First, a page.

How even Meghan Markle is subject to US expat and UK tax rules | Tom LR Griffiths
Tom LR Griffiths is a tax advisor and consultant, specialising in US expatriate tax matters
Tom LR Griffiths
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How will US expat tax regulations affect Prince Harry and Meghan Markle following their split from the Royals?

Of all the headlines we expected to see at the start of 2020, the Duke and Duchess of Sussex’s decision to break with the Royal family wasn’t one. The shock announcement that the couple intend to step down from Royal duties has stirred the media, many of whom have already dubbed the decision ‘Megxit’. But what does it mean for their taxes?

As Harry and Meghan have decided to spend more time in other countries, such as Canada, and have stated that they want to have separate finances, it’s likely that there will be a number of complex tax issues. Not least because Meghan Markle is a US expat currently living in the UK and planning to spend an unspecified amount of time living in Canada.

US expat tax issues even more complex for Meghan and Harry

The biggest question is where the Sussex’s will be considered resident for tax purposes. For example, Harry is obviously a British citizen but depending on how long the couple plan to live in Canada each year, may be subject to double-taxation on money made from commercial ventures.

He could, of course, give up his UK residency, but it’s more likely they will choose to limit the number of days they spend in Canada. The tax rules for the country state that anyone spending 183 days or more in Canada must pay income tax on their global earnings. It’s the same over here, but the UK’s limit is 90 days.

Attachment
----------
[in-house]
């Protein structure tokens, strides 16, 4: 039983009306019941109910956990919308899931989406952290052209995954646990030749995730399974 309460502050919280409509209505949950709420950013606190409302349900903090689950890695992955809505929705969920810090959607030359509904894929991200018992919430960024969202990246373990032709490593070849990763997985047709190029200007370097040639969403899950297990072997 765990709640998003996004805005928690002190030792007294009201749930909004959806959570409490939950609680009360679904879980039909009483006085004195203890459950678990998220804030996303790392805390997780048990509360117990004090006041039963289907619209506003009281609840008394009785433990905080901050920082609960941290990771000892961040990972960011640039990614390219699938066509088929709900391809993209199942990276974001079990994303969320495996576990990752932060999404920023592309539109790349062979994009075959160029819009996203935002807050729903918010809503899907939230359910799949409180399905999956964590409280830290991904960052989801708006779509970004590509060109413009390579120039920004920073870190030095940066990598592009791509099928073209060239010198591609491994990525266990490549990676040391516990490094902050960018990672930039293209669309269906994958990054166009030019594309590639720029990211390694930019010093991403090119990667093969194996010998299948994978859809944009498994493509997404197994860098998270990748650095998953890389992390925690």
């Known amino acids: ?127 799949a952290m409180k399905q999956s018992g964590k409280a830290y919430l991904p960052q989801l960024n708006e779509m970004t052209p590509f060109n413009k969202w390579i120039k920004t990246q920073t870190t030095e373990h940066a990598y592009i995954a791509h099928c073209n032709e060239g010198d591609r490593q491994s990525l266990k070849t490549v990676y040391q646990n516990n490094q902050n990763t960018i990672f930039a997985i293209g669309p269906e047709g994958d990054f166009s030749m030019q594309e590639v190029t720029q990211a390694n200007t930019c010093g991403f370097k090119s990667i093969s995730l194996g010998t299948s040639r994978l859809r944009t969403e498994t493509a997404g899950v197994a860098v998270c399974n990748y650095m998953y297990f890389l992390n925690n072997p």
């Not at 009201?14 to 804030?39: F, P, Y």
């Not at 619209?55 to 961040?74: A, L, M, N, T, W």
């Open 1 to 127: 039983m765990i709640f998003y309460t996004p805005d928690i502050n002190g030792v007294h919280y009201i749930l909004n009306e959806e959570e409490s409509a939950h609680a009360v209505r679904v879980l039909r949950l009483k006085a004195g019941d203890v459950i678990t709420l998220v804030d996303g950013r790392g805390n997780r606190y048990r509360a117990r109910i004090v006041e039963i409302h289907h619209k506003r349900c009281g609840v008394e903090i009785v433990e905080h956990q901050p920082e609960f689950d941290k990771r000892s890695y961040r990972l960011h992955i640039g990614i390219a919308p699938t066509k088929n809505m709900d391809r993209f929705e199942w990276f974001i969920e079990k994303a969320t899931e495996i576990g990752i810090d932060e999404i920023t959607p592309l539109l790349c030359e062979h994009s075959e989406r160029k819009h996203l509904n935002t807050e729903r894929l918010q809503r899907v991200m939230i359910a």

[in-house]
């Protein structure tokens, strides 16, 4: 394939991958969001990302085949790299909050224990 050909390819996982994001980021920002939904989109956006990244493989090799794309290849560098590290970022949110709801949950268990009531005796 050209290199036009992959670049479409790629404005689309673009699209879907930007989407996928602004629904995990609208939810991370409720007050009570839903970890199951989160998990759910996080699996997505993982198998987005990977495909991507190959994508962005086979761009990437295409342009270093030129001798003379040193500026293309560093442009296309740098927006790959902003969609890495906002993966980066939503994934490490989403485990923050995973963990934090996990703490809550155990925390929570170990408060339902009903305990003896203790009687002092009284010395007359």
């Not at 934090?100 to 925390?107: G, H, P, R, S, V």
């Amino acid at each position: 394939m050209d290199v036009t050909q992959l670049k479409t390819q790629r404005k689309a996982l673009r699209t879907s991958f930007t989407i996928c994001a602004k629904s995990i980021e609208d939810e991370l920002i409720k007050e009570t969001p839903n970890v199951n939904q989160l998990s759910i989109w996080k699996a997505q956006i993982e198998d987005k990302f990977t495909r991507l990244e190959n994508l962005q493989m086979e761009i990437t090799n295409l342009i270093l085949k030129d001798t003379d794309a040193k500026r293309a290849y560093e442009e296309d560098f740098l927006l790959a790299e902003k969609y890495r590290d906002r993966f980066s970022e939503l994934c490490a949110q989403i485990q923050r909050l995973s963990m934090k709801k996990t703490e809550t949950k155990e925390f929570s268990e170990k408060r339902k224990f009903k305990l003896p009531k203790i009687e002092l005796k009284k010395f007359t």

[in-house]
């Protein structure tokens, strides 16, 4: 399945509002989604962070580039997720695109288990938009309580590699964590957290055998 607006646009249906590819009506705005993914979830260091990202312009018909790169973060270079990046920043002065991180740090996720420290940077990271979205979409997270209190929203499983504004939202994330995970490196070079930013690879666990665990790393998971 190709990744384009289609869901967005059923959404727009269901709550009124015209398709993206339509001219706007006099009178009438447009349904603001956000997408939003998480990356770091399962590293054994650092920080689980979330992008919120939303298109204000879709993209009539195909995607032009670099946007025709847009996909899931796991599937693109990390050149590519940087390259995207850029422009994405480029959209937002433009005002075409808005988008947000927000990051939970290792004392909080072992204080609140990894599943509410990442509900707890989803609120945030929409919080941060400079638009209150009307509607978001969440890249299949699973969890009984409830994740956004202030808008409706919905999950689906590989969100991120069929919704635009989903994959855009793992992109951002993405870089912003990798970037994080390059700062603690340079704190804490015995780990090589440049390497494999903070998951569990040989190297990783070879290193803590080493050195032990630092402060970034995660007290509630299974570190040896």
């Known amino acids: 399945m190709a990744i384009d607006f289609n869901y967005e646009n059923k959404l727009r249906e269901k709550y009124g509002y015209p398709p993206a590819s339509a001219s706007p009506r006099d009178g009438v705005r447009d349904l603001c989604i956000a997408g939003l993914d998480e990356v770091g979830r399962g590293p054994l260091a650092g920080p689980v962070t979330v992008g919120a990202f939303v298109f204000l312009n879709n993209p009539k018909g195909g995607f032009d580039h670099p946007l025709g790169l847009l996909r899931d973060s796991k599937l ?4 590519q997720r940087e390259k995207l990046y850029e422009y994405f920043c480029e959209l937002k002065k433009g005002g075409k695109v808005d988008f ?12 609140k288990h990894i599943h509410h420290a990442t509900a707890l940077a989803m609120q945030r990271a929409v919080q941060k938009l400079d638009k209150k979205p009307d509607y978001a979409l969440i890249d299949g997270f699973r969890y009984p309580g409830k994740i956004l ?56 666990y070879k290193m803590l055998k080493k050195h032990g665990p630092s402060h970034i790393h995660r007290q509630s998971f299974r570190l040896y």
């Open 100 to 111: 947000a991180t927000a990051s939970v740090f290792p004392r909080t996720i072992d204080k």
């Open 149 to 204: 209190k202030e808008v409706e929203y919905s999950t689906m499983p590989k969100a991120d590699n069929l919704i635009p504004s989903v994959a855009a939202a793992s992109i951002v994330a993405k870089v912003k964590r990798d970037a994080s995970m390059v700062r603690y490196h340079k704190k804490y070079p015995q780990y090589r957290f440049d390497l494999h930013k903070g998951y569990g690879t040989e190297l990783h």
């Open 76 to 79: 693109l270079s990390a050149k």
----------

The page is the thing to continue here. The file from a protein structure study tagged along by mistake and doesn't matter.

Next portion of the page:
Meghan Markle, on the other hand, remains a US citizen. And, as with all US citizens living abroad, she is obliged to pay federal taxes to the Inland Revenue Service (IRS) on her global income. The US tax system is notoriously complicated, and the Government has a long reach when it comes to taxing its citizens, no matter where they live and work.

Meghan Markle may be eligible for FEIE

If the couple live in the UK for long enough every year (around six months), under the dual agreement between the countries, the Duchess of Sussex will be able to take advantage of the Foreign Earned Income Exclusion (FEIE) against her US tax.

FEIE would mean she can deduct income tax she has already paid on her global income in the UK. It’s in place to attempt to stop US citizens and greencard holders being double taxed.

Of course, there’s also their child to consider. Archie is both a US and a UK citizen, which means the Duchess could claim him on her US tax return as a dependent. However, if the Royal family has already set up investments and accounts in his name, which is very likely the case, these must be reported to the IRS and will be subject to tax.